So: if you have questions, whether for me or your fellow readers - or both - have at it. In the meantime, I'll start working on posting books for sale over the next few days.

    Saturday
    Aug032019

    Instructional Material

    Really, I'm going. But this looks good, so I thought I'd plug it. One book that I've recommended to friends and students since forever is Andy Soltis's Pawn Structure Chess, and the newer, most sophisticated book by Mauricio Flores Rios called Chess Structures: A Grandmaster Guide is another book I regularly recommend. IM Sam Collins' six-volume DVD set, linked to above, is on a big discount (less than 40 USD) and seems to me a work along the same lines as the books mentioned above. I just bought it myself and recommended it to several of my students, so there's not even a whiff of an ulterior motive. (For those of you who remember my ChessBase shows, that was nine years ago. I've had no professional relationship with the company since then.)

    Check it out, and see what you think. The reason I think the works linked to above are valuable is that pawn structures and the middlegame themes that arise in those structures recur, and they appear across different openings (and often with reversed colors). It's not enough to "know" your openings, in the sense of memorizing various sequences of moves that end with the desired chess punctuation mark; one has to know what to do when the middlegame rolls around. One very good but undervalued way of doing that is to look at tons of games that start at or near the place where your opening analysis ends, but another is to look at typical games based on the resultant structure. This is valuable even if the position isn't identical to anything in your prep. It might even be from a different opening, but it may not matter that much. Understanding common plans, maneuvers, pawn breaks, and typical endings will give you a big advantage against a player who only knows the same "official" theory that you know.

    Saturday
    Aug032019

    Now for Something More Important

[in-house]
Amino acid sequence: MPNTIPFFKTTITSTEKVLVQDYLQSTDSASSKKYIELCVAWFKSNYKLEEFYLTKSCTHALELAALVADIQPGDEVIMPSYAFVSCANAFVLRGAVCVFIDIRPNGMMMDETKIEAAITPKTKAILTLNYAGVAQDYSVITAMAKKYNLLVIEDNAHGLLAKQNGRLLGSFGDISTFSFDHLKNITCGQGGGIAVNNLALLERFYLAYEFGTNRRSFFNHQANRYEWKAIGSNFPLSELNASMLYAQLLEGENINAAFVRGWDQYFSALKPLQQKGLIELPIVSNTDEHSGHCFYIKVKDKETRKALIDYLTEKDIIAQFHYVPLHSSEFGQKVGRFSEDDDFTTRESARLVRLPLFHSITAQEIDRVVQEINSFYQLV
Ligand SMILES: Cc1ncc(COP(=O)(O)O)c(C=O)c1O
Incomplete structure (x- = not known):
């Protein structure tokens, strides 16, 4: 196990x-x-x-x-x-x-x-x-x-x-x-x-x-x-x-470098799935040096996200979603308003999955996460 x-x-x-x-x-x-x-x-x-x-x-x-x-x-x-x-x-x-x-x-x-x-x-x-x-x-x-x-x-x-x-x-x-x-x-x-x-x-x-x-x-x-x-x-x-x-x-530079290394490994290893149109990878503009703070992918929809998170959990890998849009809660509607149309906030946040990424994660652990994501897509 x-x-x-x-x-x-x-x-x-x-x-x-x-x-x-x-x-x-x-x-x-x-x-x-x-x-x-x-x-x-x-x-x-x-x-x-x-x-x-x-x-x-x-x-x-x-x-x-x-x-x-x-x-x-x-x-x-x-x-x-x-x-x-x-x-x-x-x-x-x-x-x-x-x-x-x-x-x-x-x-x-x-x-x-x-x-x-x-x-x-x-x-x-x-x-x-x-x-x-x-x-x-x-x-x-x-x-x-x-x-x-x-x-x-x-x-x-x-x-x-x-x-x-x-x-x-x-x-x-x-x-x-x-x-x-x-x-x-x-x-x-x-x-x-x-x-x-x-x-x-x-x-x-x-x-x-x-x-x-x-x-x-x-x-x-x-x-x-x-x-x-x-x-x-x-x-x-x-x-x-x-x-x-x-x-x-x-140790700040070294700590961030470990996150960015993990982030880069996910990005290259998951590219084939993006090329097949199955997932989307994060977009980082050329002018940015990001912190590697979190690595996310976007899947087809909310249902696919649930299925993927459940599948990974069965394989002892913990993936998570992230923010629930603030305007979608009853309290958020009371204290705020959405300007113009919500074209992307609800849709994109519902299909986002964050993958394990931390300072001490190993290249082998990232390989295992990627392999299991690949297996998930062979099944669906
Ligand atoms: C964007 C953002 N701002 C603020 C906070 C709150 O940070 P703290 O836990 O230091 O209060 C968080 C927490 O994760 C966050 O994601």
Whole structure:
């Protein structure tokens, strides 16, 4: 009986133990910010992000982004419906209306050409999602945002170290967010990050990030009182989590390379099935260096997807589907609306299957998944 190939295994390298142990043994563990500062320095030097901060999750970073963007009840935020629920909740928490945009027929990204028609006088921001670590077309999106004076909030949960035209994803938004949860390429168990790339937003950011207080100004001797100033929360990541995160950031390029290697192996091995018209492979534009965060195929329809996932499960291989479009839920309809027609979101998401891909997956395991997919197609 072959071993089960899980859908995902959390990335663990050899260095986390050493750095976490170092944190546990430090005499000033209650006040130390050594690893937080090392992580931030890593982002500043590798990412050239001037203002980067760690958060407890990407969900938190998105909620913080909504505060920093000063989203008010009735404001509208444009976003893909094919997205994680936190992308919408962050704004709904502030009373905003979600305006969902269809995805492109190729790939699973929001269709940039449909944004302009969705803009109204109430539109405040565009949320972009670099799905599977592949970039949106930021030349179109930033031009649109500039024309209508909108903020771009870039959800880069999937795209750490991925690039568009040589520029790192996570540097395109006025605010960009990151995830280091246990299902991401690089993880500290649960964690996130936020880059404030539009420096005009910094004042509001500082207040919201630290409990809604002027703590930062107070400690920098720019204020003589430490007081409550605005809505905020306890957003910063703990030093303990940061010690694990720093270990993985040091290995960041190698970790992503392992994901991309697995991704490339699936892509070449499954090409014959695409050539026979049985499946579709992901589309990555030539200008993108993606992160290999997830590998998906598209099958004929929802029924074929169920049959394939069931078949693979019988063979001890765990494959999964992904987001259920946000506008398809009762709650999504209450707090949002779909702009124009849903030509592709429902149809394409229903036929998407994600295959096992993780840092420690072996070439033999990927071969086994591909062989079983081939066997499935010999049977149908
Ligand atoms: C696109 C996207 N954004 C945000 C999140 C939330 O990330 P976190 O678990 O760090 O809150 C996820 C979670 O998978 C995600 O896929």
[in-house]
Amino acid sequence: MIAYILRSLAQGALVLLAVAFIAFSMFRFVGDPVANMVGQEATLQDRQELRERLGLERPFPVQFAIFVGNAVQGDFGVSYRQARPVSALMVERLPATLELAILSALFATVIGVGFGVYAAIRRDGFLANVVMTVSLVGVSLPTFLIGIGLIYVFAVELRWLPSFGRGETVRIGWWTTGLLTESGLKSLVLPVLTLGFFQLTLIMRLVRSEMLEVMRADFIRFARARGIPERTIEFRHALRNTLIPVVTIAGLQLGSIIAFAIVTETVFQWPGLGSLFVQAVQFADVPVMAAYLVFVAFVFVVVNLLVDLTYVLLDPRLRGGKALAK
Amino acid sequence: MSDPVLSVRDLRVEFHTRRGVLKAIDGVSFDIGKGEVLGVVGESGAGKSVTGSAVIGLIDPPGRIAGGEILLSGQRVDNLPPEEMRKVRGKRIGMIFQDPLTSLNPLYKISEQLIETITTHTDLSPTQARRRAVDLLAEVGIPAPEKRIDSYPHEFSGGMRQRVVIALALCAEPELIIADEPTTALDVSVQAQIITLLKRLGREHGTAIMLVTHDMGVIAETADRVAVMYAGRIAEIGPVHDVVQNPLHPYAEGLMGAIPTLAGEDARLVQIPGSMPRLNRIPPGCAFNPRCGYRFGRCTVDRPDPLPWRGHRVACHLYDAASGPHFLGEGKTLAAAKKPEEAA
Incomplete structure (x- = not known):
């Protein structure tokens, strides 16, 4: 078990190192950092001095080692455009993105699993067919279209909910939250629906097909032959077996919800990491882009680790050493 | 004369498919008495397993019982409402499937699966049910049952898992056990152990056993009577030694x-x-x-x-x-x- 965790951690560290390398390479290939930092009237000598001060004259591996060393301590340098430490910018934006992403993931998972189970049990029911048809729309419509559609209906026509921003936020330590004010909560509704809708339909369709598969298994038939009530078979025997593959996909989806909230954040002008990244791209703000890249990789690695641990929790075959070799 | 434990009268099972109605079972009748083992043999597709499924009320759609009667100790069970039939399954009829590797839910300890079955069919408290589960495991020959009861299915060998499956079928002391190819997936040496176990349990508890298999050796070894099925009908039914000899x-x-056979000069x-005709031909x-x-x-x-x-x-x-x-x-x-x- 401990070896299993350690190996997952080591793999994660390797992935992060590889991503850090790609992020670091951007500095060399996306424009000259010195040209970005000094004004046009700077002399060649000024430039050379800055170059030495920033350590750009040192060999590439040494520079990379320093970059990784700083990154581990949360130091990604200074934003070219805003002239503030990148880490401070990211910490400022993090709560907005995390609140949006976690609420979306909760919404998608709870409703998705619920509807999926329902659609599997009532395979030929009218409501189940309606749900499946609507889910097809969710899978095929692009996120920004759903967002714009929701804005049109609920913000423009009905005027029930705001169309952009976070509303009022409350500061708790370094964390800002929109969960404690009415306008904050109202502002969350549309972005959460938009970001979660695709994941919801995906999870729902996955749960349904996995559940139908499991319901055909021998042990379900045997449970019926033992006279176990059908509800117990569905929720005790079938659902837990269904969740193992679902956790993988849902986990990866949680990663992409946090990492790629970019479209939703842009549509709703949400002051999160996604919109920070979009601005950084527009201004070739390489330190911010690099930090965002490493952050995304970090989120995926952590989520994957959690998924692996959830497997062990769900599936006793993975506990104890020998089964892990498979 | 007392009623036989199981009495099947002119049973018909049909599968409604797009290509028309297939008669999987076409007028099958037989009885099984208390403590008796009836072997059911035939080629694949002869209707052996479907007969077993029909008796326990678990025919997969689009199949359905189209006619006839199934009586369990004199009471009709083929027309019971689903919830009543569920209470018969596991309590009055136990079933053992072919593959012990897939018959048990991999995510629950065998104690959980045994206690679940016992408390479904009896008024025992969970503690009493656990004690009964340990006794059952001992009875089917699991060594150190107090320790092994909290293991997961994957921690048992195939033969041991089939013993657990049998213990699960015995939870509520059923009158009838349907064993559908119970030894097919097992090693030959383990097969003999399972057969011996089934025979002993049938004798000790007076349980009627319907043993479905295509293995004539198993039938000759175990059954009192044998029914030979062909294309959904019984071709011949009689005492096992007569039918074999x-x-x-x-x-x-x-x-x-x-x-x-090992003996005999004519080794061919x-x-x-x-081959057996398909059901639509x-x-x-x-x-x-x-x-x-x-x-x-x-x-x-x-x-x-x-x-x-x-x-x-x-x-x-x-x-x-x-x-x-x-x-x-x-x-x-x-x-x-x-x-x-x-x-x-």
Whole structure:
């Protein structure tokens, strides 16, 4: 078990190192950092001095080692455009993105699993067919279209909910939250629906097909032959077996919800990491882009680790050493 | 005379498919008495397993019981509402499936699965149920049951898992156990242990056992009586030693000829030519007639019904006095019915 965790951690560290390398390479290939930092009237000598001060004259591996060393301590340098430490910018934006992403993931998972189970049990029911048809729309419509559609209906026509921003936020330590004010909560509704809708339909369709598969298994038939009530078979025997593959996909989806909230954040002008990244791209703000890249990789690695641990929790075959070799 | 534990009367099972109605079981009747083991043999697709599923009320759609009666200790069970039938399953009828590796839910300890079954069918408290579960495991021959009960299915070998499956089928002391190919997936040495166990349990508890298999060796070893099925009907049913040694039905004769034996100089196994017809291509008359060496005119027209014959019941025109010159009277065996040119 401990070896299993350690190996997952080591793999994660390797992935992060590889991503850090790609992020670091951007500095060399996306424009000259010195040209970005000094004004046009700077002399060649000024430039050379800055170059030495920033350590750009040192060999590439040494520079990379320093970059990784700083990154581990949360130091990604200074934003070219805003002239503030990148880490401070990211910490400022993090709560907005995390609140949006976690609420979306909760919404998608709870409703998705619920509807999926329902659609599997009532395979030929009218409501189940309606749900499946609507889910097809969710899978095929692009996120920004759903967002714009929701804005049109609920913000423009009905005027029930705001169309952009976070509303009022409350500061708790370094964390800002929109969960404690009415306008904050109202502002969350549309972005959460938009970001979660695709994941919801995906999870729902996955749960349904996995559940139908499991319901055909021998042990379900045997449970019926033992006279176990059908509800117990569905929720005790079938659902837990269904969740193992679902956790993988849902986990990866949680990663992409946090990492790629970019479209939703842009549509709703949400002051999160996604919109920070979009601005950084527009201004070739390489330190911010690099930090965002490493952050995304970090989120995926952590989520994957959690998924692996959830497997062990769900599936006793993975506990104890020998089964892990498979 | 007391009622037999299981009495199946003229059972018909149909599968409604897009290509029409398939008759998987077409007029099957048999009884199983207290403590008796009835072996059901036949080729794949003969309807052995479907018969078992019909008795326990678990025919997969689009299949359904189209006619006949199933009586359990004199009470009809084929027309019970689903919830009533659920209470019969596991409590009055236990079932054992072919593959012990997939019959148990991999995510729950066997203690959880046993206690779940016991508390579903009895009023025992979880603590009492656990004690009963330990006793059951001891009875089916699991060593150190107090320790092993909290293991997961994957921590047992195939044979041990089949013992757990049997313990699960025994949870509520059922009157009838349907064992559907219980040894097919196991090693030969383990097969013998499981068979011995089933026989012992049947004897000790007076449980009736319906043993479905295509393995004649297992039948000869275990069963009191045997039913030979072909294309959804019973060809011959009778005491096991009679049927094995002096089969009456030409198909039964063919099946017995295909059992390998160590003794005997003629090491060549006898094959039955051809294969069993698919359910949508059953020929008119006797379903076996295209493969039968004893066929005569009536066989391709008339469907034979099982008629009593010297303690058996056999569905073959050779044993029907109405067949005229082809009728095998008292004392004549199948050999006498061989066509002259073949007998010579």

You'll never guess which college football team has the most unfair schedule for the 2019 season. (Okay, maybe you will.) Here's a hint:

    One last time!

    Saturday
    Aug032019

    In the Meantime...

    It's terribly tempting to write a catch-up post, while we're closing up shop, to give the results of recent events. I will do so, but only in the most minimal way. Four big events have finished since we stopped covering tournaments: Dortmund, the Riga Grand Prix, Biel, and the Paris GCT Rapid & Blitz. Here, in brief, is what happened:

    1. Dortmund was won by Leinier Dominguez, who scored 4.5/7. The winning margin was as slim as could be - he finished a mere half a point ahead of Ian Nepomniachtchi, Radoslaw Wojtaszek, Richard Rapport and Teimour Radjabov. All but Nepo went undefeated ;he won three games (against the three tailenders) but lost to Dominguez (a 25-move massacre) and Rapport.

    2. The Grand Prix tournament in Riga had a weird format: a knockout event, but with extra points given to players who won their knockout in the classical (pre-rapid & blitz tiebreaks) stage. Shakhriyar Mamedyarov defeated Maxime Vachier-Lagrave in the Armageddon game to win the final; in the previous three stages, MVL won all his mini-matches in the classical portion while Shakh needed a playoff to get by Jan-Krzysztof Duda in the quarterfinals.

    3. Biel was more of a mixed strength event, but its field of eight included two 2700s, and three players who either were 2700 or are or have been very close to it. In the end, the runaway winner was Santosh Gujrathi Vidit with 5.5/7, a point and a half ahead of Uzbeki prodigy Nodirbek Abdusattorov and two points ahead of Sam Shankland and Peter Leko. (Shankland is still just over 2700, while Jeffery Xiong, thanks in part to his fine performance in the concurrent Biel Master Open, is now the 6th U.S. player rated over 2700.

    4. Finally, the Grand Chess Tour Rapid and Blitz event in Paris featured more choking than a cinematic double-header on the Heimlich maneuver and tracheotomies, but despite a 1-4 finish and an overall blitz performance that cost him 102 rating points, Maxime Vachier-Lagrave won when Alexander Grischuk and Ian Nepomniachtchi repeatedly found ways not to catch the collapsing MVL. Amazingly, Viswanathan Anand came out of nowhere on the last day to finish a hair's breadth short of Vachier-Lagrave, coming up half a point short but leapfrogging Grischuk and Nepo in the last round to take clear second. MVL has often come up just short in high-pressure situations against his fellow elites, but I wonder if surviving this event to finish first will help him get over the psychological hump. Sometimes a little luck at crucial moments in one's career can be what one needs to progress to the next level.